Monday, June 28, 2010

The Plot Thickens

Senator Robert Byrd (D WV) died this morning. That would be noteworthy if only because he was the longest serving member of the Senate and fourth in the line of succession behind Speaker of the House Nancy Pelosi to become President of the United States in a crisis situation. But for those of us following HR 4173--The Restoring American Financial Stability Act--it is significant for another reason. The bill finished conference committee last week and was supposed to go back to the House and Senate for final passage. However, Byrd's death appears to have left proponents one vote short of the 60 needed for passage.

Scott Brown, (R-MA) who famously took Senator Kennedy's seat after promising to block the health care bill (which, ironically, he did not get an opportunity to do after all) voted for the financial reform bill. However, he now says he is concerned that the fees and taxes added to the financial reform bill in conference will be passed on to consumers (you think?) and because of that he is now having second thoughts.

Russ Feingold (D WI) is also threatening to vote against the financial reform bill because he does not like the conference language. That leaves Senate majority leader Harry Reid racing around looking for one more vote.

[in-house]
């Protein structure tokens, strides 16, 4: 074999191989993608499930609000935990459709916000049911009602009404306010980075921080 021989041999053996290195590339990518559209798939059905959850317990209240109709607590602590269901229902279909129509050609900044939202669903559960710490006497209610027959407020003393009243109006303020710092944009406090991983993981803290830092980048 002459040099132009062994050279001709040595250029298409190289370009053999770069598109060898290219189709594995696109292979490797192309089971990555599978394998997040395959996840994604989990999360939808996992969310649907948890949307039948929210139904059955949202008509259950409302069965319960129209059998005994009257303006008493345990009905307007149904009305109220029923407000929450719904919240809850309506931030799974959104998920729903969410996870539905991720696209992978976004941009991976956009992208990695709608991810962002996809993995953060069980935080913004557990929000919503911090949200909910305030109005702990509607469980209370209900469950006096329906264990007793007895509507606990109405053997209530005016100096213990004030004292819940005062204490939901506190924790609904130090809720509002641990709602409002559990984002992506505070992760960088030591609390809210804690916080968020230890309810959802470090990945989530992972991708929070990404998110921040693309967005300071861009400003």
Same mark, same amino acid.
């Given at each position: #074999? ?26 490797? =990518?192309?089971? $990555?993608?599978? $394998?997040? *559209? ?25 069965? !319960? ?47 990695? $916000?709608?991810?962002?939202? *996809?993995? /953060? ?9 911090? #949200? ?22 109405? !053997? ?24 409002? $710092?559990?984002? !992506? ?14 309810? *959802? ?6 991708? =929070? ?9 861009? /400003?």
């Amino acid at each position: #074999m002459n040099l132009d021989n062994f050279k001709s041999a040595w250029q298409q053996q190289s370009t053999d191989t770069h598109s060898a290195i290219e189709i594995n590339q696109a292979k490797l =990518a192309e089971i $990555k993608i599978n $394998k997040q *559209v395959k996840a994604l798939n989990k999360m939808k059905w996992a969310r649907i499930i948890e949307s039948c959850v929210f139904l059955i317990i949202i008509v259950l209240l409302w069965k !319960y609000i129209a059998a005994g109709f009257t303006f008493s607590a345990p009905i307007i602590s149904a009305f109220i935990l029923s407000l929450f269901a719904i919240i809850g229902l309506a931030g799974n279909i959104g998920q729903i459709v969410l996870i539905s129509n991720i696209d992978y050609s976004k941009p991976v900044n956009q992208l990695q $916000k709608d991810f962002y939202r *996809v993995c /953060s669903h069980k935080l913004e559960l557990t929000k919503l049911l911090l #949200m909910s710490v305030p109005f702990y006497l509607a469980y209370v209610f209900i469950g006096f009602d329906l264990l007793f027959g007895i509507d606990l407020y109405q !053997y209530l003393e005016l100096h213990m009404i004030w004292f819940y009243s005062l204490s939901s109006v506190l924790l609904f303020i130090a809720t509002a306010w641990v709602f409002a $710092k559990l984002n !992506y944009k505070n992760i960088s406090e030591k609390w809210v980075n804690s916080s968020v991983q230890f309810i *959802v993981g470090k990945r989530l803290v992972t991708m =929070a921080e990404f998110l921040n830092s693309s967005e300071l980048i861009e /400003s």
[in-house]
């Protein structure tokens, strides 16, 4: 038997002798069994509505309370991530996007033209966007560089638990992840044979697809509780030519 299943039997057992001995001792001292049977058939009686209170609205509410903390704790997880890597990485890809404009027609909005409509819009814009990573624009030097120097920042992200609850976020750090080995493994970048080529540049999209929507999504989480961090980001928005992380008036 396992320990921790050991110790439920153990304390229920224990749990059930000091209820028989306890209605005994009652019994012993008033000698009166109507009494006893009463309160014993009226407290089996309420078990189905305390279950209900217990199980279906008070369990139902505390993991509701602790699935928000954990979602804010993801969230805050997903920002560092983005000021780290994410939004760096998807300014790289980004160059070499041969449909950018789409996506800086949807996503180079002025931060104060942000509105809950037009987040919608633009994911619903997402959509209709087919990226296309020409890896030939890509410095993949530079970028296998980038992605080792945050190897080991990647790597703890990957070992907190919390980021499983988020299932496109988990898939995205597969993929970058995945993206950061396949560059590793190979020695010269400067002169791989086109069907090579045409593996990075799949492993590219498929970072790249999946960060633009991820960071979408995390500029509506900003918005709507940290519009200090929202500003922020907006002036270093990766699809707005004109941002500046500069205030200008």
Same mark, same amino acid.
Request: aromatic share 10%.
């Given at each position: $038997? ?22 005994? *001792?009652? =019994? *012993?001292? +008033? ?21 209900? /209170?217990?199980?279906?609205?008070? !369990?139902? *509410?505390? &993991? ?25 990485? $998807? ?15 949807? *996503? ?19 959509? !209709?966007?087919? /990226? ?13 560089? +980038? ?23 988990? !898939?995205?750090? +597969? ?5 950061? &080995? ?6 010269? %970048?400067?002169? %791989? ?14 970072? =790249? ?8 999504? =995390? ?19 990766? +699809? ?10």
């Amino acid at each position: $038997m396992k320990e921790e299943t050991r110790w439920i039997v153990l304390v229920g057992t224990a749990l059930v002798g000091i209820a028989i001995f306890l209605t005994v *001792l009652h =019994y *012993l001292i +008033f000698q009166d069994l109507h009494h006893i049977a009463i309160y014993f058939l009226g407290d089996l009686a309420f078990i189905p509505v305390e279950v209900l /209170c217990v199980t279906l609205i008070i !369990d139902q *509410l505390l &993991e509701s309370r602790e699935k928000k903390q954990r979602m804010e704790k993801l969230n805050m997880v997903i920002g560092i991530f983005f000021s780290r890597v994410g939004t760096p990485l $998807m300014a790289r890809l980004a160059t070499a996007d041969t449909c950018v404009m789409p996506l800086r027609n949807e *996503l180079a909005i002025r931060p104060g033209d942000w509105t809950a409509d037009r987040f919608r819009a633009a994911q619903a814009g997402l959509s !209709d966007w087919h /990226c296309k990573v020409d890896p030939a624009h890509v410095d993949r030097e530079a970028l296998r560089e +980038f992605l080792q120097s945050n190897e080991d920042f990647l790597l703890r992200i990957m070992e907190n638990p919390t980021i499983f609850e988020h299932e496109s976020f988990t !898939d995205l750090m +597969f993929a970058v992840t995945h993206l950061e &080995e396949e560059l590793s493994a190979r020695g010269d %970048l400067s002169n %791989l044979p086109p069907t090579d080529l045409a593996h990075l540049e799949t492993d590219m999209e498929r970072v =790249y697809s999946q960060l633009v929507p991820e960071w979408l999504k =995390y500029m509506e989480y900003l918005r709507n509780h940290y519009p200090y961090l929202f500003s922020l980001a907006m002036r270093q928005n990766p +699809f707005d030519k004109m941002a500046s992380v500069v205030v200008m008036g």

Much has been made of the necessity of passing this bill before the July 4 recess. But unless Senate leaders woo back one dissenter--which is likely--that probably won't happen because they will have to wait for Byrd's replacement to be confirmed by the Senate so that he or she can vote on the bill.

Whomever the replacement is, that Senator will not go up for reelection until 2012, so voters will have a long time to evaluate the results of his or her first major vote--the vote to radically redefine lending and financial oversight in the United States.

In the meantime, the thought that HR 4173 might not pass at all and might die at the eleventh hour gives my heart a warm happy feeling. Honestly, that is not very realistic either--no one seriously expects that the reform bill will be killed at this late date. But we can always dream!

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